The Leaderand other works is a new record of music by Karim Al-Zand. The most substantial piece is the one act chamber opera The Leader based on Ionesco’s 1955 play Le Maître. A reporter and two devoted fans follow the Leader wherever he goes mesmerised by his often absurd antics. A young couple is gradually drawn into the fascination.
The Leader does ridiculous things. he dances with a hedgehog. He has his trousers pressed in public. Finally it’s revealed that he no head. Instead he has “genius”. None of this shakes the loyalty of his followers. One imagines that Ionesco had the European dictators of the 1930s in mind but, of course, one can substitute whichever half absurd, half sinister populist neo-Fascist one chooses.
Transcendent is a CD from the Asia/America New Music Institute (AANMI). It features works by six American and Asian composers performed by Davóne Tines, Matthew Aucoin and members of the AANMI Ensemble in various combinations.
The first set is two settings of Walt Whitman by Matthew Aucoin for baritone and piano (. The poems are The Sleepers and A clear Midnight. They alternate a sparsely accompanied lyrical vocal line, beautifully sung by Tines, with much denser passages for the piano, played here by the composer. It’s interesting music and supports the text well.
The COC’s production of Puccini’s Gianni Schicchi directed by Amy Lane is now available to watch for free, for the next six months, at coc.ca/watch . It’s given a 1950s Italian setting but otherwise it’s a pretty straightforward approach reliant on good ensemble directing and acting, which it gets. It’s livened up by video projections by Alexander Gunnarsson, which come over really very well on the film.
So back to Walter Hall at 4pm for the last of the Regen concerts featuring song. This time Renee Fajardo and Jinhee Park kicked things off with a very fine set starting with Herr Schumann’s sinister Die Soldat and Frau Schumann’s Die Lorelei. This was all smoothly and elegantly sung bar a slight tendency to push high notes. There was some very impressive pianism here too. The set concluded with Schoenberg’s Galathea; a bold and interesting choice, where Renee managed to create an almost cabaret timbre without ever sacrificing accuracy. Nicely done!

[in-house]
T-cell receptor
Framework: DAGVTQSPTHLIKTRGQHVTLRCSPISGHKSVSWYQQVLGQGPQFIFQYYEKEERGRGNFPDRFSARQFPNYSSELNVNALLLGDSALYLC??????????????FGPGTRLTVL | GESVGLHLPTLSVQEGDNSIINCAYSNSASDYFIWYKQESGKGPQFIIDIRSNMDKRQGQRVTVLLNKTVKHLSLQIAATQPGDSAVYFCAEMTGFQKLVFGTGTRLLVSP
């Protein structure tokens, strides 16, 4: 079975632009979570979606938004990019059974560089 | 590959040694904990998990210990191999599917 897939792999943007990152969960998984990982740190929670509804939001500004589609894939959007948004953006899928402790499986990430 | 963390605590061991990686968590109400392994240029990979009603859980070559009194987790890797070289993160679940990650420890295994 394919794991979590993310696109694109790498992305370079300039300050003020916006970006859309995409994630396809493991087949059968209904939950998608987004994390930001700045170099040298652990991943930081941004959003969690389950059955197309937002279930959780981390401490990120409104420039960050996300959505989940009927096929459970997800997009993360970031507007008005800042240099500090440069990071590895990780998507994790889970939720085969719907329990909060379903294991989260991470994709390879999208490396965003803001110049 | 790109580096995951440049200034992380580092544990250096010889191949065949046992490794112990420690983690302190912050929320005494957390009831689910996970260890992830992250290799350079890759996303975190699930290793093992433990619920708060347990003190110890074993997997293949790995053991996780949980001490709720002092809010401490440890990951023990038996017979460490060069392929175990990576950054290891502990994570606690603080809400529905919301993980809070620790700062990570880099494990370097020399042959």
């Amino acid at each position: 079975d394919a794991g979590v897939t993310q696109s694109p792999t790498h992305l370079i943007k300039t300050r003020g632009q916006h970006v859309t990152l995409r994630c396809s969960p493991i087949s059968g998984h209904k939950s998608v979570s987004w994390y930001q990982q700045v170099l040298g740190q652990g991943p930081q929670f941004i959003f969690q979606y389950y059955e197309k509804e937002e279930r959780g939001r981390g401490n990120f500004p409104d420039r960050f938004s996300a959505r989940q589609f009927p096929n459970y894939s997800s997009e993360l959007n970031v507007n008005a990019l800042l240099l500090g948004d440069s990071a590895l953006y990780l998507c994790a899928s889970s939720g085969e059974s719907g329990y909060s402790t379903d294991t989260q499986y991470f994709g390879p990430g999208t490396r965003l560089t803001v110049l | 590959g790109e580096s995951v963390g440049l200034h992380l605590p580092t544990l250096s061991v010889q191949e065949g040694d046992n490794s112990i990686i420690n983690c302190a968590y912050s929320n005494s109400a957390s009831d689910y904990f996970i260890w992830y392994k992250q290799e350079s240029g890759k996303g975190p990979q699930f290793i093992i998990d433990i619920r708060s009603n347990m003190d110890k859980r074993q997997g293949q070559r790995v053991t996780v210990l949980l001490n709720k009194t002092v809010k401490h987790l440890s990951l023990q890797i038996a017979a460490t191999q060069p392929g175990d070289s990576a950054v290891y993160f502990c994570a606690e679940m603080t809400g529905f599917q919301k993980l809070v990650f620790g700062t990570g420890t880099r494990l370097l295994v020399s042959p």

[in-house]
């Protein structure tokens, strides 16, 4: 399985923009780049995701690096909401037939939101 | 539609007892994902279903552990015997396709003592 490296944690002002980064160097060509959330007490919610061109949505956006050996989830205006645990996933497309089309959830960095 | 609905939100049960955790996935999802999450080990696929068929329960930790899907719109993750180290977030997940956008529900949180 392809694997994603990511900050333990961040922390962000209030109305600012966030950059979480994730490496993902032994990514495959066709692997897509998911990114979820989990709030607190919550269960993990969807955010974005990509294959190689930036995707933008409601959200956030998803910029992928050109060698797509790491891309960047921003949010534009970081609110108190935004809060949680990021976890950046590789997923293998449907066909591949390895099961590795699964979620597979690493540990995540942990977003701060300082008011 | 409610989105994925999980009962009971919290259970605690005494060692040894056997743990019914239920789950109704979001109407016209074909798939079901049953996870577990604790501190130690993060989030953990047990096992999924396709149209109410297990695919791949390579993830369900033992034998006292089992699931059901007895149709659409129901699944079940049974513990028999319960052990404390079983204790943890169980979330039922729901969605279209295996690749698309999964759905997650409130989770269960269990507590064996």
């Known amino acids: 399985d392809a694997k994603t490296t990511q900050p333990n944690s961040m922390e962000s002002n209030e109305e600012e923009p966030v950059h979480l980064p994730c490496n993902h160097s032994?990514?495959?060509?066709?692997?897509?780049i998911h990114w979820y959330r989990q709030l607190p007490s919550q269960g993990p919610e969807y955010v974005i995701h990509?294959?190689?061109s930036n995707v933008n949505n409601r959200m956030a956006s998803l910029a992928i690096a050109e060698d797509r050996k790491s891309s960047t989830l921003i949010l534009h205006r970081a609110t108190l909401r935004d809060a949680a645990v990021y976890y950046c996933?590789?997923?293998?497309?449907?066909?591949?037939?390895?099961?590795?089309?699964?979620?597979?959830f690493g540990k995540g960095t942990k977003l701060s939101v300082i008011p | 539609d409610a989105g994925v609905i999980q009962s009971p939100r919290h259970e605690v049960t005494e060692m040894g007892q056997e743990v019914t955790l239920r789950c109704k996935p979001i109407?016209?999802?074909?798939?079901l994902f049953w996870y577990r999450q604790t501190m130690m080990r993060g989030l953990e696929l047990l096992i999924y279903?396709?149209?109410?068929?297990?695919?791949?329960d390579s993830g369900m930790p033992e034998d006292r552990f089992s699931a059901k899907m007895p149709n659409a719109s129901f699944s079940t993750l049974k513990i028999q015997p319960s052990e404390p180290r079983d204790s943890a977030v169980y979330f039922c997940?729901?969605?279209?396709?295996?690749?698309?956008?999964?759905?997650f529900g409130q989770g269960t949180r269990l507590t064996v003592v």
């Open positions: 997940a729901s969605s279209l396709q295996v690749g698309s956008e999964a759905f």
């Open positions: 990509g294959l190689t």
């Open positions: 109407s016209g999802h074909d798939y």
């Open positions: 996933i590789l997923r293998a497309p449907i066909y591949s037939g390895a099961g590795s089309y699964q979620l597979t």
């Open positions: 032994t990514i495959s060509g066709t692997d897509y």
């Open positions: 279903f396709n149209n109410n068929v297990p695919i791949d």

The last two ReGENERATION concerts featuring song took place in Walter Hall yesterday at 1pm and 4pm. Both featured four singers doing a set with piano, a vocal piece with chamber accompaniment and a chamber piece. All the members of the Artsong Academy programme appeared at least once. First up was tenor Joey Jang with Frances Armstrong at the piano with a set of Schubert and Schumann. He sounded OK, if a bit underpowered, in Liebesbotschaft with its fairly fast rhythmic lines but technical issues showed up in the slower pieces requiring real legato.
So it was back to Walter Hall at 7.30pm for Saturday’s second instalment. This time the programme kicked off with the Schumann Piano Quartet in E flat Major Op. 47 before the singers. The first singer up was mezzo Danielle Vaillancourt with pianist Jing Lee Park. They gave us just two songs. The first was Fauré’s Il pleure dans mon coeur followed by Duparc’s Au pays où se fait la guerre. Vaillancourt has excellent French diction, a really interesting timbre and plenty of power. This was pretty fine singing. Jing Lee Park made the most of her chance to shine in the rather lovely piano part in the Duparc. Continue reading →